Classification of Southern California Turban Snails

Turban snails and limpets are mollusks and belong to the Class Gastropoda. The classification of the specific species is outlined below:

 Members of Phylum Mollusca are a diverse group characterized by the presence of a fleshy mantle that secretes a calcareous shell. Members of this phylum possess bilateral symmetry and a true coelom. Molluscs have true protostomal development. An important structure present in most molluscs, except for bivalves and aplacophora, is the radula. The radula is a complex rasping structure used for feeding. Molluscs typically have an open circulatory system (except for cephalopods) complete with heart, blood vessels, and respiratory pigments.

The turban snails and limpets belong to Class Gastropoda; One of seven classes assigned to the Phylum Mollusca. Gastropods are characterized by torsion, a process that results from twisting of the mantle cavity. The process of torsion takes place during the veliger stage of development. Most members of Gastropoda possess a muscular foot that is used for locomotion. Gastropods are recognized as having a true head with developed sensory organs.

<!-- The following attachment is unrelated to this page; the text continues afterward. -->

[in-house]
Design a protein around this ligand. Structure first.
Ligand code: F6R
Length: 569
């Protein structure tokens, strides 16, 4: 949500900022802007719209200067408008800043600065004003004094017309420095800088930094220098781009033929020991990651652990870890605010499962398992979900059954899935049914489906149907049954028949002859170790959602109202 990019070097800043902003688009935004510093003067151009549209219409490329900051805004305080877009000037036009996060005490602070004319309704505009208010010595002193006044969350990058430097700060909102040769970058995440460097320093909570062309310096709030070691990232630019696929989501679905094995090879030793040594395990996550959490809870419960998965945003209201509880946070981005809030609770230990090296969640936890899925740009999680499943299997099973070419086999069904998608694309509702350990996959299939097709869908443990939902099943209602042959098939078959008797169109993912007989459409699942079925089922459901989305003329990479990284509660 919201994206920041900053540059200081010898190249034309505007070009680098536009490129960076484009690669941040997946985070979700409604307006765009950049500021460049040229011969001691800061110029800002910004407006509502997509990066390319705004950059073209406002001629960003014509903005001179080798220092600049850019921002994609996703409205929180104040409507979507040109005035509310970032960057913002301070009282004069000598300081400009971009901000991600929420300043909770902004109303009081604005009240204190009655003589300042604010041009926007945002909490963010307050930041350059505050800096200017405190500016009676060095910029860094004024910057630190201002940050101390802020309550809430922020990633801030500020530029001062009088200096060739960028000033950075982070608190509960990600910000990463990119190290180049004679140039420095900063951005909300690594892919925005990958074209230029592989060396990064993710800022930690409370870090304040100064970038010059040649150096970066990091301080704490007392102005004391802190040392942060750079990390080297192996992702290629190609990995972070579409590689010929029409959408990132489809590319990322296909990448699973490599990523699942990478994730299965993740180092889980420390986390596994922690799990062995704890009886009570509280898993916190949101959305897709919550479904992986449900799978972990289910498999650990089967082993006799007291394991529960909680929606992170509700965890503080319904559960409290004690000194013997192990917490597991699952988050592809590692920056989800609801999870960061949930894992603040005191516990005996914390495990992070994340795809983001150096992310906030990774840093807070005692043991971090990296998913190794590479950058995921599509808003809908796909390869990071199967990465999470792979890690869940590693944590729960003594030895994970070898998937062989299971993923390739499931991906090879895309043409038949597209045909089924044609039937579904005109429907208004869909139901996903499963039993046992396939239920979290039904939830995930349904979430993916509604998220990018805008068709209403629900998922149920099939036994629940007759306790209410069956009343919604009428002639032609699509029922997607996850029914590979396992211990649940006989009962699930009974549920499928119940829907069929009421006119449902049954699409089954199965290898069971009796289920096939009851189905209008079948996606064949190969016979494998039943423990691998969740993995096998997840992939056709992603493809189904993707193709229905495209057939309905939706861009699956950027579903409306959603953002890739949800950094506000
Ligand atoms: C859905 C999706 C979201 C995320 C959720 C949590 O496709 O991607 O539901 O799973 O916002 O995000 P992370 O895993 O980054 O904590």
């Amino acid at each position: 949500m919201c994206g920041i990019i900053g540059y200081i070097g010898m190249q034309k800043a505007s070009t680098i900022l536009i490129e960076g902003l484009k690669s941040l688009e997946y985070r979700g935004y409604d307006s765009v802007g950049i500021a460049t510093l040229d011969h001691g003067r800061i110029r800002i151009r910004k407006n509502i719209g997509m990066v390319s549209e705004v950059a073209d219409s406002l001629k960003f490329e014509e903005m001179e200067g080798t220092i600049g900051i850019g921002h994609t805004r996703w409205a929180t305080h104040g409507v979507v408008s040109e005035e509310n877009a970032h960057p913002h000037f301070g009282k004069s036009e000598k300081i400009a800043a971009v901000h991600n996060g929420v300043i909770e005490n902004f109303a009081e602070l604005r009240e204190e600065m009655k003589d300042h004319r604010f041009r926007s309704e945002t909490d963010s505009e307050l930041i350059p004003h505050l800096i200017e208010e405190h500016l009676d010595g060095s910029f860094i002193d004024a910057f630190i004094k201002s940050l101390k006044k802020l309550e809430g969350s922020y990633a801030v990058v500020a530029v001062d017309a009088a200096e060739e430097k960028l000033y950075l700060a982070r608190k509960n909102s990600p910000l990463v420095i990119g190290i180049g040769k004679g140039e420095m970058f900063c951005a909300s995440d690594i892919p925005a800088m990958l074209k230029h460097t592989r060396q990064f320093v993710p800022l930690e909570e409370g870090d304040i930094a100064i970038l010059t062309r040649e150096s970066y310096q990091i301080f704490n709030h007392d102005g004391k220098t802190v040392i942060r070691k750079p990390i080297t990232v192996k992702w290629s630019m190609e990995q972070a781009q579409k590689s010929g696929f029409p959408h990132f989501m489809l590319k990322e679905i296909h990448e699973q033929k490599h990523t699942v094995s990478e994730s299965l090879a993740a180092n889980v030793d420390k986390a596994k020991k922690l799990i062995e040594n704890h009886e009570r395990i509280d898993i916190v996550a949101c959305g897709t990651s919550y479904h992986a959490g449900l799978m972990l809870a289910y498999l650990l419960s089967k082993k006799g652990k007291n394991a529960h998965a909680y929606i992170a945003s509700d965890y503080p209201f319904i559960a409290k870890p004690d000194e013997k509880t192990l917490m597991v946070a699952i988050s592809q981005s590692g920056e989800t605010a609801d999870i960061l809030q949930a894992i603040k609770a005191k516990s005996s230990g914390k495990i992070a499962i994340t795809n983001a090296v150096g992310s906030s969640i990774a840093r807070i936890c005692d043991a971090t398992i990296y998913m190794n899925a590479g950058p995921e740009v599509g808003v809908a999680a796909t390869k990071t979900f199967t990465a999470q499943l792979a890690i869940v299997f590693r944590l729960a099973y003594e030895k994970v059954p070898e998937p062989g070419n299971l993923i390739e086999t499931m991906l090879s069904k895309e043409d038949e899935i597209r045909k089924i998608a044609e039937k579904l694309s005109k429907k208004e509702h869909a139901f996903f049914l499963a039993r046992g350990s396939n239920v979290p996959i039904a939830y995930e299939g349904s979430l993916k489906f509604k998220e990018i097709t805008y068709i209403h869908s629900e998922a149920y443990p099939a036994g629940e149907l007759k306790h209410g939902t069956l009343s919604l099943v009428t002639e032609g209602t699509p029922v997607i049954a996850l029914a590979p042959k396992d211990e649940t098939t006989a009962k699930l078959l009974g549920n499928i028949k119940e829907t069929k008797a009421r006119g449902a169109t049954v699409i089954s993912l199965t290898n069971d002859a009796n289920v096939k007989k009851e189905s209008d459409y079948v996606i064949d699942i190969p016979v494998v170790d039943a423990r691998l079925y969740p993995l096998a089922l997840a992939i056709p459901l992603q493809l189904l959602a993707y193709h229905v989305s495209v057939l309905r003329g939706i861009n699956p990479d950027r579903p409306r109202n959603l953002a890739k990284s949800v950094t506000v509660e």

Turban snails and limpets are members of the Subclass Prosobranchia. Prosobranchs are characterized by having their ctenida located anterior to their heart in the mantle cavity. Most prosobranchs have a well developed shell and in all but a few species the lateral nerve cord remains twisted after torsion. Typically sexes are separate, however, in some species there is hermaphroditism.

Turban snails and limpets are members of the Order Archaeogastropoda. All members of the Order Archaeogastropoda come from a single ancestral form. Members of Archaeogastropoda have rhipidoglossate radulae consisting of numerous rows of teeth. Archaeogastropoda is a large poorly defined group whose members possess one or two ctenida in their anterior mantle cavity.

Members of the Superfamily Trochacea are best described as having shells of spherical to conical shape with several whorls. The interior of the shells is mostly nacreous which gives the shell a pearly appearance.